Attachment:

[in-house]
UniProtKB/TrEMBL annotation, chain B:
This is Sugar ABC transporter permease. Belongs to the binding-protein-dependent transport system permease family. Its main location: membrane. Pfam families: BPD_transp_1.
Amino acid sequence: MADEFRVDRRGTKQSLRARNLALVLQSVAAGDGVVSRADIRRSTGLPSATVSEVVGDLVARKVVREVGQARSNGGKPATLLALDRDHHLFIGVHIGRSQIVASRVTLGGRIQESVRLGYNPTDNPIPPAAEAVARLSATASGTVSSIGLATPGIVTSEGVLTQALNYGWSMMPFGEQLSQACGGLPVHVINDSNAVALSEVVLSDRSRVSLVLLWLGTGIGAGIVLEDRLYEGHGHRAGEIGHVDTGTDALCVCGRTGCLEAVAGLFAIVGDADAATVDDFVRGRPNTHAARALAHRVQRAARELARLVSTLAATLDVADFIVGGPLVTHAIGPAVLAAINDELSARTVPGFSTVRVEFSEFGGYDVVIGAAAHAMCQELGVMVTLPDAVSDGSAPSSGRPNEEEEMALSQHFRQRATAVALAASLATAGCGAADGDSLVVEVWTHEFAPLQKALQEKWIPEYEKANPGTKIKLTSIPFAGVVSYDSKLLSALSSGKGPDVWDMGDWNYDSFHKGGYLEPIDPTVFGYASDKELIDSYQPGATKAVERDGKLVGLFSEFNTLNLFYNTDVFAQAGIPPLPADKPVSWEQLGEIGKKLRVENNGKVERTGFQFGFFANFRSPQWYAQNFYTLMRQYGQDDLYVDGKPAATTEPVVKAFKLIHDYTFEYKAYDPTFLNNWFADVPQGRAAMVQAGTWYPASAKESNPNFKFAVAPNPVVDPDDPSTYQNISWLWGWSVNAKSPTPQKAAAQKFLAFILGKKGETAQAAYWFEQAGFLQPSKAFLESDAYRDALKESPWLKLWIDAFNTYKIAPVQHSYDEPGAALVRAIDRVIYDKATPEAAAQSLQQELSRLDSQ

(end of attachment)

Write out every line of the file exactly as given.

[in-house]
UniProtKB/TrEMBL annotation, chain B:
This is Sugar ABC transporter permease. Belongs to the binding-protein-dependent transport system permease family. Its main location: membrane. Pfam families: BPD_transp_1.
Amino acid sequence: MADEFRVDRRGTKQSLRARNLALVLQSVAAGDGVVSRADIRRSTGLPSATVSEVVGDLVARKVVREVGQARSNGGKPATLLALDRDHHLFIGVHIGRSQIVASRVTLGGRIQESVRLGYNPTDNPIPPAAEAVARLSATASGTVSSIGLATPGIVTSEGVLTQALNYGWSMMPFGEQLSQACGGLPVHVINDSNAVALSEVVLSDRSRVSLVLLWLGTGIGAGIVLEDRLYEGHGHRAGEIGHVDTGTDALCVCGRTGCLEAVAGLFAIVGDADAATVDDFVRGRPNTHAARALAHRVQRAARELARLVSTLAATLDVADFIVGGPLVTHAIGPAVLAAINDELSARTVPGFSTVRVEFSEFGGYDVVIGAAAHAMCQELGVMVTLPDAVSDGSAPSSGRPNEEEEMALSQHFRQRATAVALAASLATAGCGAADGDSLVVEVWTHEFAPLQKALQEKWIPEYEKANPGTKIKLTSIPFAGVVSYDSKLLSALSSGKGPDVWDMGDWNYDSFHKGGYLEPIDPTVFGYASDKELIDSYQPGATKAVERDGKLVGLFSEFNTLNLFYNTDVFAQAGIPPLPADKPVSWEQLGEIGKKLRVENNGKVERTGFQFGFFANFRSPQWYAQNFYTLMRQYGQDDLYVDGKPAATTEPVVKAFKLIHDYTFEYKAYDPTFLNNWFADVPQGRAAMVQAGTWYPASAKESNPNFKFAVAPNPVVDPDDPSTYQNISWLWGWSVNAKSPTPQKAAAQKFLAFILGKKGETAQAAYWFEQAGFLQPSKAFLESDAYRDALKESPWLKLWIDAFNTYKIAPVQHSYDEPGAALVRAIDRVIYDKATPEAAAQSLQQELSRLDSQ